The sky is the limit

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By John Pawlak

At the end of World War II, our nation was broke. The money owed by our government exceeded the nation’s GDP (Gross Domestic Product) by 20 percent. We literally owed more than we produced in an entire year.
 And yet times were good. The nation found itself in an era of prosperity, and the National Debt was a topic of rare discussion.
 You would think that enduring a debt of $259 billion would paralyze a rational thinker. But society is oddly capable of burying concerns like this along with the tens of millions killed, and moving forward with its focus on commerce and industry.
 If people had in fact been more conscious of the debt, they may not have actually minded. For you see, the nation was growing (both in population and in power) and the National Debt was shrinking.
 Well, for a few years anyway. From 1945-1948, the National Debt declined to $252 billion. Back then, people laughed when politicians boasted of the debt’s decline, noting that a 7 percent decrease was nothing to brag about. But today having the debt shrink by 7 percent would be earth shattering news.
And then, it began to rise. But so did the GDP, and so from 1945-1979, we enjoyed a steady decline in the ND/GDP ratio, reaching a low of 31 percent near the end of President Jimmy Carter’s term. At that time, our National Debt was a “pleasant” $827 billion.
Enter Ronald Reagan and trickle down economics, a rainfall of monumental idiocy and unbounded greed. Within eight years, the National Debt had tripled, increasing to $2.4 trillion, and the ND/GDP ratio had increased to 48 percent.
The word “trillion” was scarcely used before the 1980s. Just writing it out, a ‘1’ with 12 0s after it, was mind numbing.
But today, numbing minds run the country and the word “trillion” rolls off the tongue like water off a duck.
Our National Debt is now over $17.5 trillion and increasingly at a startling rate. In fact, we’re rapidly approaching post-WWII measures.
The ND/GDP ratio is now 99 percent.
 We’ll probably hit the $20 trillion mark sometime in 2016.
 It would be easy for one to blame the Republicans for starting this fire, but the Democrats are equally to blame. It’s true that the ND/GDP ratio declined during President Bill Clinton’s terms (from 62 percent to 55 percent), and it’s true that reduction of taxes on the uber-rich has had a huge negative impact.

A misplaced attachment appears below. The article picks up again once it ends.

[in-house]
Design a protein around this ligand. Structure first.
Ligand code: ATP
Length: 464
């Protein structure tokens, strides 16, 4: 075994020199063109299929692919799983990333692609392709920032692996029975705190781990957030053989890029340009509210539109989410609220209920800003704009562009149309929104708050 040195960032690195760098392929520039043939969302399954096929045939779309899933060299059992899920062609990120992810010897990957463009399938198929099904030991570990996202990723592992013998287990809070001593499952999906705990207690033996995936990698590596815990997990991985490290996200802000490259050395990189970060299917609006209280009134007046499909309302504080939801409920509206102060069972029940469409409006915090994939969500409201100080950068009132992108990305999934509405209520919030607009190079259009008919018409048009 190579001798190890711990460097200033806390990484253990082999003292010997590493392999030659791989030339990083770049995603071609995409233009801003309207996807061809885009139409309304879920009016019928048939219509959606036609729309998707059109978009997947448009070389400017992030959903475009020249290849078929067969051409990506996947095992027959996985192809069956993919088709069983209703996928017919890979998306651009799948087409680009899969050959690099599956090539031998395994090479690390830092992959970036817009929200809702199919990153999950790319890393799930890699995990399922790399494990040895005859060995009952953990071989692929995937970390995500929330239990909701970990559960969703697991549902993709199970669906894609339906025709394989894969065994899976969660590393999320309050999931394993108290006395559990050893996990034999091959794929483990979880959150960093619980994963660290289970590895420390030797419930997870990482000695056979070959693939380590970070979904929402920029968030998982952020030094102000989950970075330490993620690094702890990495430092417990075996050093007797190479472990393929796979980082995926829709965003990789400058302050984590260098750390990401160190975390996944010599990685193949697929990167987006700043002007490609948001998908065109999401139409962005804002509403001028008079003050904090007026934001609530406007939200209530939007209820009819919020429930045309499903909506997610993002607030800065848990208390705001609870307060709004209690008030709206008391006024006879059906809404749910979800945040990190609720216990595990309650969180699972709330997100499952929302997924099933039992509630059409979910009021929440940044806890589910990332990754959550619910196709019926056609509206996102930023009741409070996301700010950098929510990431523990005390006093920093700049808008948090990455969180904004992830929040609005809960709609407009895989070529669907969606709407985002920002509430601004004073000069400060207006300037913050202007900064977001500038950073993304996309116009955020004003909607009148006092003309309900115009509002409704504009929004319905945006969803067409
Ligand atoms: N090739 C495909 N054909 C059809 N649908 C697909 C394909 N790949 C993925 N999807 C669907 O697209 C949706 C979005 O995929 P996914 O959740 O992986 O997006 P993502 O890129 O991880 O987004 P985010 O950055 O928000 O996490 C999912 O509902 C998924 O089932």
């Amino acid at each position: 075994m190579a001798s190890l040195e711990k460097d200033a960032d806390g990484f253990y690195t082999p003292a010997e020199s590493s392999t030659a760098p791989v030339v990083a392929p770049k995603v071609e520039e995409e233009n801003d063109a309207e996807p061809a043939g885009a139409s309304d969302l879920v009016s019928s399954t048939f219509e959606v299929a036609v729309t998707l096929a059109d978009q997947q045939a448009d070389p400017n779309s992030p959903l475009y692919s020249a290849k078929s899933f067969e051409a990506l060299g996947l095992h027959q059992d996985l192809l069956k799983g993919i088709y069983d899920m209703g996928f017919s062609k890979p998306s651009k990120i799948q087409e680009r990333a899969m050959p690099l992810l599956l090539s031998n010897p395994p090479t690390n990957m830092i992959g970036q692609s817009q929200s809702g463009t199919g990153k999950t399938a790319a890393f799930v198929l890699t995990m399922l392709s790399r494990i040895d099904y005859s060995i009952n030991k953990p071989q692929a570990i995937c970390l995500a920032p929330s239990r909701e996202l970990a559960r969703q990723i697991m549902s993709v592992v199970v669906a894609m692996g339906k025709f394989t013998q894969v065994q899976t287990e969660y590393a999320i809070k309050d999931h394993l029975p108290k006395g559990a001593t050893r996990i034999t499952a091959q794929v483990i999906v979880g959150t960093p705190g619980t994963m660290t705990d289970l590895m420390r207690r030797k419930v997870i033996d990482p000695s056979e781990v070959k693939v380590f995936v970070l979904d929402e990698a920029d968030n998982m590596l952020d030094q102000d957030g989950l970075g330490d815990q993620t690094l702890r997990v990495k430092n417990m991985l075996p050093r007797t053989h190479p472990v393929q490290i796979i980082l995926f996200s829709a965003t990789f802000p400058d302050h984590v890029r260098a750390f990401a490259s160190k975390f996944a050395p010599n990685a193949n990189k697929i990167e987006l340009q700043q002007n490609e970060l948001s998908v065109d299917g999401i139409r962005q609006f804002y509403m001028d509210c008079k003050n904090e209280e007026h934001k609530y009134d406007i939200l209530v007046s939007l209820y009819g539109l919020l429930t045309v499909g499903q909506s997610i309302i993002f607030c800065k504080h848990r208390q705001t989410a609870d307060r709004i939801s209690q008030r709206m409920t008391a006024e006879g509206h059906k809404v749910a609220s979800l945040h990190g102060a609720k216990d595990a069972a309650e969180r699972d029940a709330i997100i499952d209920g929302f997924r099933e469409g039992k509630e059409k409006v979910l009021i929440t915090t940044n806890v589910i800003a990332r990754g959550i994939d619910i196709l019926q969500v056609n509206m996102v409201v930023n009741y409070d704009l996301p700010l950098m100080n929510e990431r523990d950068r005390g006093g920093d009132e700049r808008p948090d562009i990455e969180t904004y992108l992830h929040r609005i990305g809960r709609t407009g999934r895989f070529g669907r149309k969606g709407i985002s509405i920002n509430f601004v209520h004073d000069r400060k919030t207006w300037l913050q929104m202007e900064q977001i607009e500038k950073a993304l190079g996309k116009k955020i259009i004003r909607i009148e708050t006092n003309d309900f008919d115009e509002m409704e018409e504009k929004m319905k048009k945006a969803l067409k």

But government spending is out of control, billionaires are buying politicians, the rich pay less and less, and neither the Republicans nor Democrats in Congress know how to balance a checkbook.
 We have approximately 320 million people in America. Our National Debt equates to a share of over $55,000 per person. A family of four owes $220,000. With a median household income of $44,389, that family would take five years to pay off their debt.
 Of course, that’s assuming that they didn’t pay a single penny in taxes and didn’t spend a single penny on food or utilities or anything else you might need to live.
 In 1989, the National Debt Clock was first installed by Seymour Durst, a real state investor who wanted to promote more visibility to the dangers of the increasing debt. When first turned on, the clock depicted a debt of just under $3 trillion, a terrifyingly huge number, but not as terrifying as how fast it grew.
 A person needs to study exponential equations to understand the true ramifications of this rate of increase. The debt is increasing at a rate of approximately $32,000 per second.
 That figure should take your breath away. Hold your breath for 10 seconds and consider the fact that we’re a third of a million dollars more in debt.
 The question is, is the sky truly the limit? Or should we sit back and let things ride until Seymour’s clock runs out of zeros?
 Politicians are quick to levy blame for this situation, but none of them actually have a solution. They’ll say anything to get elected, but only one thing is guaranteed.
 The debt will get a lot bigger before it, well, before it gets even bigger.